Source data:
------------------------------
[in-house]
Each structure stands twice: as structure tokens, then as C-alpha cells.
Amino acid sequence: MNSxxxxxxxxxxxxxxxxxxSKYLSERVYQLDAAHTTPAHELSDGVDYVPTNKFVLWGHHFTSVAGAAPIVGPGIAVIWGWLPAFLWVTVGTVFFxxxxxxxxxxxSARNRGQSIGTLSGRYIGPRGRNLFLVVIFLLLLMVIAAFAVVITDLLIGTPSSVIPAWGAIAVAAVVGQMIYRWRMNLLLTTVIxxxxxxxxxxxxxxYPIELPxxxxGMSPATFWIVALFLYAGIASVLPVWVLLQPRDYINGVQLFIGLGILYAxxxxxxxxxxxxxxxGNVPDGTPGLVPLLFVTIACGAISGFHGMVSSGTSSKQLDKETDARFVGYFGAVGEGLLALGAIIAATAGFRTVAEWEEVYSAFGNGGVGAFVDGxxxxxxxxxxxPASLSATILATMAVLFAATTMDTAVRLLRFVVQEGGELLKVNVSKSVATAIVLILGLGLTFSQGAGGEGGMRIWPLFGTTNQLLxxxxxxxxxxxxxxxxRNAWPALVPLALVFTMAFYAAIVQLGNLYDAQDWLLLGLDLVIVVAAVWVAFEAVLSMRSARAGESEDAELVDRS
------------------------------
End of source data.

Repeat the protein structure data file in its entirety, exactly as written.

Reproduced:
[in-house]
Each structure stands twice: as structure tokens, then as C-alpha cells.
Amino acid sequence: MNSxxxxxxxxxxxxxxxxxxSKYLSERVYQLDAAHTTPAHELSDGVDYVPTNKFVLWGHHFTSVAGAAPIVGPGIAVIWGWLPAFLWVTVGTVFFxxxxxxxxxxxSARNRGQSIGTLSGRYIGPRGRNLFLVVIFLLLLMVIAAFAVVITDLLIGTPSSVIPAWGAIAVAAVVGQMIYRWRMNLLLTTVIxxxxxxxxxxxxxxYPIELPxxxxGMSPATFWIVALFLYAGIASVLPVWVLLQPRDYINGVQLFIGLGILYAxxxxxxxxxxxxxxxGNVPDGTPGLVPLLFVTIACGAISGFHGMVSSGTSSKQLDKETDARFVGYFGAVGEGLLALGAIIAATAGFRTVAEWEEVYSAFGNGGVGAFVDGxxxxxxxxxxxPASLSATILATMAVLFAATTMDTAVRLLRFVVQEGGELLKVNVSKSVATAIVLILGLGLTFSQGAGGEGGMRIWPLFGTTNQLLxxxxxxxxxxxxxxxxRNAWPALVPLALVFTMAFYAAIVQLGNLYDAQDWLLLGLDLVIVVAAVWVAFEAVLSMRSARAGESEDAELVDRS